The following year, he sent out another four Cheltenham Festival winners and, although just denied by Willie Mullins in his quest for his tenth Irish Independent Leading Trainer Award, he had the satisfaction of becoming the first trainer to saddle 50 winners at the Festival, courtesy of Bobs Worth in the Cheltenham Gold Cup.

Prior to the 2014 Cheltenham Festival, Henderson acknowledged that his team was weakened by the absence of Sprinter Sacre, whom he described as ‘missing 10%’ after being pulled up at Kempton over Christmas amid fears of an irregular heartbeat, Simonsig, out for the season after developing a splint on his near fore, and Long Run, who ran in the Grand National instead. Nevertheless, he still saddled a total of fifteen runners who came home in the first six, including Whisper, the winner of the hugely competitive Coral Cup on the second day.

Former Cheltenham Gold Cup winner Long Run may not be quite the force of old but, no doubt Nicky Henderson will be doing everything in his power to make sure that Sprinter Sacre and Simonsig are 100% for their return next season. Established stars, such as Bobs Worth, My Tent Or Yours and Whisper, to name but a few, should ensure that Henderson remains a force to be reckoned with at the Cheltenham Festival but, as ever, he’s unlikely to rush them or any of his other horses. His patient training methods mean that many of his charges peak late in the season, in March or April, which is definitely a contributory factor in his success at the Cheltenham Festival.

Tuesday 22 February 2022



The winner of just one of is 14 starts for Mick Channon, and two more for Alan King, on the Flat as a two- and three-year-old, Katchit proved something of a revelation when sent over hurdles at the start of the 2006/07 National Hunt season. Ridden by Robert 'Chocolate' Thornton, as he was in all bar two of his 24 hurdles starts, Katchit opened his account at the first time of asking, winning a juvenile novices' hurdle at Market Rasen by 9 lengths eased down. Indeed, over the next two seasons, he would win ten of his 13 starts, including twice at the Cheltenham Festival, finish second twice and third once.

Fresh from a 1¾-length victory over previous Grade One winner Good Bye Simon in the Finesse Juvenile Hurdle the previous January, Katchit was sent off 11/2 second-favourite for a competitive, 23-runner renewal of the Triumph Hurdle, over the same course and distance, on his first appearance at the Cheltenham Festival in 2007. Competitive on paper, that is, because Katchit drew clear in the closing stages for an impressive, 9-length victory.

The following season he returned to the Cheltenham Festival, attempting to become the first Triumph Hurdle winner since Kribensis, in 1990, to win the Champion Hurdle. After suffering defeats by Harchibald and Osana, both of whom reopposed, earlier in the season, Katchit was sent off at 10/1 joint-fifth choice of the market behind 2/1 favourite Sizing Europe. However, with the market leader suffering an injury in-running, on 4lb better terms, Katchit managed to reverse earlier International Hurdle form with Osana to the tune of 9 lengths, to win, all out, by a length. In so doing, he became the first five-year-old to win the Champion Hurdle since See You Then in 1985.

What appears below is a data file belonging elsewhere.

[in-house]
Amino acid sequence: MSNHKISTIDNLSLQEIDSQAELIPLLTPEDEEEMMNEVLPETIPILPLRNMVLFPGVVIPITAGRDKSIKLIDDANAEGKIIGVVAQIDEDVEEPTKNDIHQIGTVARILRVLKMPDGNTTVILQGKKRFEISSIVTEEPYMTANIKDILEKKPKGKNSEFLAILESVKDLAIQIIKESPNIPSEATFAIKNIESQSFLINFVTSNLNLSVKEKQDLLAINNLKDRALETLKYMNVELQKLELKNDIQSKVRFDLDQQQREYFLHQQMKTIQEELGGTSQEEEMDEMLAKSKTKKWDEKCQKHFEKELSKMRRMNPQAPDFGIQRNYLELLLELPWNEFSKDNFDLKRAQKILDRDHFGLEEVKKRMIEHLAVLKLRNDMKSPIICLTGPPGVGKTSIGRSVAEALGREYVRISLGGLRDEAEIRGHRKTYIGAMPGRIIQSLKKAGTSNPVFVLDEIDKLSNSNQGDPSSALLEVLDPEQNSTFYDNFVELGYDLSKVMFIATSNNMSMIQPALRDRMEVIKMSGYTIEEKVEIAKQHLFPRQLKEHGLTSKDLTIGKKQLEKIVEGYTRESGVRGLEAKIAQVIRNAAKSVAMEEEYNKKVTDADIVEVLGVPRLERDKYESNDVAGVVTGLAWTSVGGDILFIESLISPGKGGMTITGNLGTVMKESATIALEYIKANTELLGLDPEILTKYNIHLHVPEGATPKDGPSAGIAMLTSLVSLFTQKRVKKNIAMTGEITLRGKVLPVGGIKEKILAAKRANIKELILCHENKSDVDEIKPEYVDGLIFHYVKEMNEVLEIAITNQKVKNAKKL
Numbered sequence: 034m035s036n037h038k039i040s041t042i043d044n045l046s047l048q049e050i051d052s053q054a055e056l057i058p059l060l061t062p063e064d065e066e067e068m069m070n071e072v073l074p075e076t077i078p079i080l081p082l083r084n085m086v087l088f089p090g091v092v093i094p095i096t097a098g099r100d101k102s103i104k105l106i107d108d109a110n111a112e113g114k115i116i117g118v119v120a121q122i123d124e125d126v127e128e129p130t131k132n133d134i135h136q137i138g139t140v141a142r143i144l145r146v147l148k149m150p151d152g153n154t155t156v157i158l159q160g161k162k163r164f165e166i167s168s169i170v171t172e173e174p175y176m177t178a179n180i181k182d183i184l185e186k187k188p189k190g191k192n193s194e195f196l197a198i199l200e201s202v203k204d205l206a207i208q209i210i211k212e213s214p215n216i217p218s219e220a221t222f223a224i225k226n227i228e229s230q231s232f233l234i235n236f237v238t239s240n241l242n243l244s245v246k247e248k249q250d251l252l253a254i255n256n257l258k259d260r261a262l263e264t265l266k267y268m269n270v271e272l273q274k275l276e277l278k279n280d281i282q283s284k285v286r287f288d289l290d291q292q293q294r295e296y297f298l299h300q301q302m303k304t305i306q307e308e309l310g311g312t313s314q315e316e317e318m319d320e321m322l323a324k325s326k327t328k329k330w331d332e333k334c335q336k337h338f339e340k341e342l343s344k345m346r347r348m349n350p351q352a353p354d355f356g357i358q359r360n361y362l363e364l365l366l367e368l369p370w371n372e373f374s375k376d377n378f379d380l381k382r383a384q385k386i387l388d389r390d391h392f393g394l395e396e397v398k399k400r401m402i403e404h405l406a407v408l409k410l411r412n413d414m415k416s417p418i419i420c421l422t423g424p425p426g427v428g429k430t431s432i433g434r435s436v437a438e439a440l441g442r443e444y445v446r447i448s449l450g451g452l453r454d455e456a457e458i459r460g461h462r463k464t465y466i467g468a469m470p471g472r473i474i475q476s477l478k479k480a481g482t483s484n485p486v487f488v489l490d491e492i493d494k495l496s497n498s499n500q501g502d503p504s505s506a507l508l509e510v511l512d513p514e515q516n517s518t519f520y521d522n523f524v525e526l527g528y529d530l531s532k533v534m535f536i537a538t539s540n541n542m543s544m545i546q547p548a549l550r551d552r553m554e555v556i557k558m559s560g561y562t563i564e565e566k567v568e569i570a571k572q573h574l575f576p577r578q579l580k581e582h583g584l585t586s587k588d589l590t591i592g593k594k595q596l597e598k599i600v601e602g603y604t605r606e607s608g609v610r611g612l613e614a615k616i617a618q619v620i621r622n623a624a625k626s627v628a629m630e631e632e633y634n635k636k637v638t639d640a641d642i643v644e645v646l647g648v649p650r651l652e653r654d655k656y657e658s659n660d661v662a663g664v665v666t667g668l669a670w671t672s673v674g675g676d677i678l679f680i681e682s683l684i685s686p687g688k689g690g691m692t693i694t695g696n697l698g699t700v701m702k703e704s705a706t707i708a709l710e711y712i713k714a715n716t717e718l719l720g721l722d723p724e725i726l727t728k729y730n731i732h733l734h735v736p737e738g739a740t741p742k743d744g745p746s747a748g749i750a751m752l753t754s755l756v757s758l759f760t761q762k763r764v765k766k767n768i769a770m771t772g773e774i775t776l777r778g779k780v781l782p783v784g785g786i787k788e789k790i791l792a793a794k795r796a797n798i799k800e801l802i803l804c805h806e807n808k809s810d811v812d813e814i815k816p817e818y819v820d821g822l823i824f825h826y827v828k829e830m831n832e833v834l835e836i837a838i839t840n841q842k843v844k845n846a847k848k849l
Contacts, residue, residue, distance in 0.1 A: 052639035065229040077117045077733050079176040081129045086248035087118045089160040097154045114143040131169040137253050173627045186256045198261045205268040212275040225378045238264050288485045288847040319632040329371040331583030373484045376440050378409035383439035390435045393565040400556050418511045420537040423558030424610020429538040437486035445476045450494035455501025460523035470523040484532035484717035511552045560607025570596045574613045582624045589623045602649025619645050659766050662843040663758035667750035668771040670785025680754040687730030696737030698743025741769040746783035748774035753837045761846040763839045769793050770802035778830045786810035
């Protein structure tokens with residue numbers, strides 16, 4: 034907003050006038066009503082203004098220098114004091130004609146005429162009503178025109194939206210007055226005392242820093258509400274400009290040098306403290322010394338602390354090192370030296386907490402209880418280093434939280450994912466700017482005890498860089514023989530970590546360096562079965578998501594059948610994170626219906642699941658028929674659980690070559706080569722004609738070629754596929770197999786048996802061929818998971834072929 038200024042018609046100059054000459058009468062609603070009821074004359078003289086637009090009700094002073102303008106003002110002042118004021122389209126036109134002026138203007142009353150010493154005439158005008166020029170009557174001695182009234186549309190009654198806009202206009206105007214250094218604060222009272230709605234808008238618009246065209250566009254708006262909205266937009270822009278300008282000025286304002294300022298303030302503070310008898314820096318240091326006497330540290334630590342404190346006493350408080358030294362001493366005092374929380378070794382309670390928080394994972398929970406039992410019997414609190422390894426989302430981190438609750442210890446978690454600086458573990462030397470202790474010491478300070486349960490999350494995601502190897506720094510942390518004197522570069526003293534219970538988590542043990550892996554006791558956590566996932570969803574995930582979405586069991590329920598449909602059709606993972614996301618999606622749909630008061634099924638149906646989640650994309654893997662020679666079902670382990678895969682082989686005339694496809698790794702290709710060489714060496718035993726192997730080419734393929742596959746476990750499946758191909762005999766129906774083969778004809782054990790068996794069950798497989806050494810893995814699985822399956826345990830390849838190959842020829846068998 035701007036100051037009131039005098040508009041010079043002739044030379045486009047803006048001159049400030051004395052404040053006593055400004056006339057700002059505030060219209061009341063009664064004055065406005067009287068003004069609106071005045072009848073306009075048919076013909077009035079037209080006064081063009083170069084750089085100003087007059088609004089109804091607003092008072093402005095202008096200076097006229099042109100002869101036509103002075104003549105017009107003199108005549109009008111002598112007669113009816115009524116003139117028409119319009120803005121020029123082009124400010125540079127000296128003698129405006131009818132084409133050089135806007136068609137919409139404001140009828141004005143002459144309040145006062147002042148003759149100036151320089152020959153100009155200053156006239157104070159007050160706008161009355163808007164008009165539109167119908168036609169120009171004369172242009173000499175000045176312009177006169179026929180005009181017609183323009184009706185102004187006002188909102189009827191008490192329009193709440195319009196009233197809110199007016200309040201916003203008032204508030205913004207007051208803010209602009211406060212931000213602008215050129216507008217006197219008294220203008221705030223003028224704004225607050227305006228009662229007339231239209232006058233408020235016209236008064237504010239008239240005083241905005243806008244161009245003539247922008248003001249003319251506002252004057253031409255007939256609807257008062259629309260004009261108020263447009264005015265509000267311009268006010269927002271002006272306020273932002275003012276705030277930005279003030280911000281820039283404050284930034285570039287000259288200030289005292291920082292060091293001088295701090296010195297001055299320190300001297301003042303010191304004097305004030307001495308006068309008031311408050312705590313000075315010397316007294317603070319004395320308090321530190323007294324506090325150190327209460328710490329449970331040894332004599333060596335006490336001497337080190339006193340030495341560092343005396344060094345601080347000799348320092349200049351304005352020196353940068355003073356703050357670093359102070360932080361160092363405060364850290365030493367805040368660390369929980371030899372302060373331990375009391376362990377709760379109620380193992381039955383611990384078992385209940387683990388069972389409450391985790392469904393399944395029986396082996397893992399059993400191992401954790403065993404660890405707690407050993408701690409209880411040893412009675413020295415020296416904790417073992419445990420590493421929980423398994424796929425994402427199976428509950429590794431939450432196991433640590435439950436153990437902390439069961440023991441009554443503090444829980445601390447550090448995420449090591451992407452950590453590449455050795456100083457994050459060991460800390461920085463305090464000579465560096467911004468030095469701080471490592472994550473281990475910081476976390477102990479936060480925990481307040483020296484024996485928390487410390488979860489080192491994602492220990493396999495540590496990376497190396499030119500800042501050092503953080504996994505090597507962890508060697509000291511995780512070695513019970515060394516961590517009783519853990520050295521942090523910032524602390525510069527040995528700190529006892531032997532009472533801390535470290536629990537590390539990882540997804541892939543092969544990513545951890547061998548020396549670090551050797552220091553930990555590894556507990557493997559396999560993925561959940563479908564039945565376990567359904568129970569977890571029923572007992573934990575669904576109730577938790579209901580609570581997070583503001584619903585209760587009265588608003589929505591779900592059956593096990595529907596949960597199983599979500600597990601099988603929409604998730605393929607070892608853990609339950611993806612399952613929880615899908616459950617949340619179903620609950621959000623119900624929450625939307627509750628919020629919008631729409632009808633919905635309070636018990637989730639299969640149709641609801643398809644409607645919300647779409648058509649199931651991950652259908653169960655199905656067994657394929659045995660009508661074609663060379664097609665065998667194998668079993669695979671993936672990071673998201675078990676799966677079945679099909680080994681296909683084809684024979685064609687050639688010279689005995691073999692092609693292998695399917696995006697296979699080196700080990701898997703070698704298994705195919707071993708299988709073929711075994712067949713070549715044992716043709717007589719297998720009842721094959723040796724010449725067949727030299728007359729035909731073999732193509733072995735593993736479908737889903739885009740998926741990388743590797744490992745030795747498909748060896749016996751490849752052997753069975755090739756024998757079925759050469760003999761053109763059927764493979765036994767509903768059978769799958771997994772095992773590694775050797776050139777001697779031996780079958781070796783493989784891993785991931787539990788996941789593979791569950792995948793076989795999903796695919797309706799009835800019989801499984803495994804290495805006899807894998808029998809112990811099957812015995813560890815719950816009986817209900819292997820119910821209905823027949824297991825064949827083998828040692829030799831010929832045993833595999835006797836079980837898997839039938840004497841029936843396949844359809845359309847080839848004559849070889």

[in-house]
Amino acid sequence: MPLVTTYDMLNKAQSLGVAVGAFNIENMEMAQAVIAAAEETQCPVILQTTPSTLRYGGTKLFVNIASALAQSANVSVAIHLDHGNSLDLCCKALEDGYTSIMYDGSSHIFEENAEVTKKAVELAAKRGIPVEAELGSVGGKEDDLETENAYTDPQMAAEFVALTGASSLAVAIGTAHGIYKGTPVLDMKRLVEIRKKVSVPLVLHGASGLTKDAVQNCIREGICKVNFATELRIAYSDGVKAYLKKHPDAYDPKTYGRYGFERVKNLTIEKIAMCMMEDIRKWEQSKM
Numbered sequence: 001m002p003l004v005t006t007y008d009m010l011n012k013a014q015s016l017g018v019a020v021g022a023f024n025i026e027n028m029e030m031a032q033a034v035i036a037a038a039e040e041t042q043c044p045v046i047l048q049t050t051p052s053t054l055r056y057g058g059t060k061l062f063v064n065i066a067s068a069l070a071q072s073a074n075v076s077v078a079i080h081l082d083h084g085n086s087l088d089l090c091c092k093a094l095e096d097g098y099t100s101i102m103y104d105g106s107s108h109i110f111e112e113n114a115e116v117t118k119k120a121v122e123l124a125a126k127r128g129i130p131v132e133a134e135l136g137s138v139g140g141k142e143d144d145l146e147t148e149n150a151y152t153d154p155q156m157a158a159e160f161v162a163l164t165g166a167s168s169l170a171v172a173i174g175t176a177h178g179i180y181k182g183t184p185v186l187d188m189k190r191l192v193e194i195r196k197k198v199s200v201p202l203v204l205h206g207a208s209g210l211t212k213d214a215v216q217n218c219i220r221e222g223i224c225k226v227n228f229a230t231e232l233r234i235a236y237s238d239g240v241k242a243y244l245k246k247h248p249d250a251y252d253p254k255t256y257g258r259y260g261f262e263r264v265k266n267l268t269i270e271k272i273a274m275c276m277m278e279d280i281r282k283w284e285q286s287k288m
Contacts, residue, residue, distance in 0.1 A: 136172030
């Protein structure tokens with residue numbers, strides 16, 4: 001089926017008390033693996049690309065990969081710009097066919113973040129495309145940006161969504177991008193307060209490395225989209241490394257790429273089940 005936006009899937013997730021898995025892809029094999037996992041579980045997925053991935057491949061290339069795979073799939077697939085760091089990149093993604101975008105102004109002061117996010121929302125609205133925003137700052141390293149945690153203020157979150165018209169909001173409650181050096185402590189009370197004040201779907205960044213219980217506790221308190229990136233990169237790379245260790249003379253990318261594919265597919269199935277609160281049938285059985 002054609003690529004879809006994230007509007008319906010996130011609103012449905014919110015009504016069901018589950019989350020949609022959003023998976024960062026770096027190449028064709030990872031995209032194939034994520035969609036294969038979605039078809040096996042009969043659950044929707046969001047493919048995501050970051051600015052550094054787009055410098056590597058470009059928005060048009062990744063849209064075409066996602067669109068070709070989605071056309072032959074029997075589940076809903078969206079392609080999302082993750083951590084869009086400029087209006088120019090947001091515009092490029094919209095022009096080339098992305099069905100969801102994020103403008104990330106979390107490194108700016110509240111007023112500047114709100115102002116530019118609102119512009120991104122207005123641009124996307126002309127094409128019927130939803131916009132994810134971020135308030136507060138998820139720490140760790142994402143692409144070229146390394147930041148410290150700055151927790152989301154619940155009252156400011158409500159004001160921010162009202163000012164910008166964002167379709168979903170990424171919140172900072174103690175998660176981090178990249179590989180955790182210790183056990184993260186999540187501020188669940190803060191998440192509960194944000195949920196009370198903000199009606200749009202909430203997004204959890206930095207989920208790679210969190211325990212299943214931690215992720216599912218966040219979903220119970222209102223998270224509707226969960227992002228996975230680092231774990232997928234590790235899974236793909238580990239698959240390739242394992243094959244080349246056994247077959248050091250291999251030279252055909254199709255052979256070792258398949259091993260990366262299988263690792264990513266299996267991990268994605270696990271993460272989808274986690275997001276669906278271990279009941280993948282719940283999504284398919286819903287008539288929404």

Tuesday 15 February 2022



To the public at large, L'Escargot is probably best remembered for his exploits in the Grand National, in which he finished third in 1973, second in 1974 and won, by 15 lengths, in 1975, thereby thwarting an unprecedented hat-trick by Red Rum. However, earlier in his career, L'Escargot was a three-time Cheltenham Festival winner, winning the second division of the Gloucestershire Hurdle, now the Supreme Novices' Hurdle, in 1968 and recording back-to-back victories in the Cheltenham Gold Cup in 1970 and 1971. Aside from Golden Miller, who won both races in 1934, he remains the only horse to win the Cheltenham Gold Cup and the Grand National.

Owned by Raymond Guest, US Ambassador to Ireland between 1965 and 1968, and trained by Dan Moore in Fairyhouse, Co. Meath, started second favourite for the Champion Hurdle at the Cheltenham Festival in 1969, finishing sixth to Persian War, before being sent over fences. The following year, for his first attempt at the Cheltenham Gold Cup, L'Escargot was sent off an unconsidered 33/1 outsider, behind hot favourite Kinloch Brae, who carried the yellow and black colours of Anne Grosvenor, Duchess of Westminster, made famous by Arkle. However, the market leader fell at the third-last fence and L'Escargot outstayed French Tan in the closing stages to win by a length-and-a-half.

L'Escargot returned, as defending champion, in 1971 and, in a substandard renewal of the Cheltenham Gold Cup, had little difficulty in beating the novice Leapfrog and The Dikler by 10 lengths and 15 lengths. He tried, and failed, to add a third Cheltenham Gold Cup to his winning tally in 1972 and 1973, finishing fourth on both occasions.

Wednesday 5 January 2022


So far, Goshen has made just one appearance at the Cheltenham Festival, where he was sent off heavily-backed 5/2 favourite for the Triumph Hurdle in 2020 after wide-margin wins, all at long odds-on, at Fontwell, Sandown and Ascot. Indeed, the four-year-old gelding appeared set for another when approaching the final flight in the Triumph Hurdle with a commanding, 10-length lead. However, he failed to pick up when asked to do so by jockey Jamie Moore and made what, under different circumstances, might have been just an awkward, untidy mistake. Worse was to follow, though; on landing, his off-back and off-fore legs became tangled together, albeit momentarily, and his back legs skidded, unbalancing Moore sufficiently to send him crashing to the Prestbury Park turf.

Despite that heartbreaking defeat, Goshen still finished his first season over hurdles with a Timeform Annual Rating of 161p – identical to Epatante, winner of the Champion Hurdle – and is currently quoted as 8/1 co-second favourite for 2021 renewal of the two-mile hurdling championship. Goshen ran twice on the Flat in 2020, at Haydock in September and Goodwood in October, and was beaten favourite on both occasions. He missed intended engagements at Wincanton and Ascot in November, as the result of unsuitable going and an unsatisfactory scope, but was reported 'absolutely fine' by trainer Gary Moore. All being well, Goshen could start his 2020/21 hurdling campaign in the Fighting Fifth Hurdle at Newcastle in late November or, failing that, in the International Hurdle at Cheltenham the following month.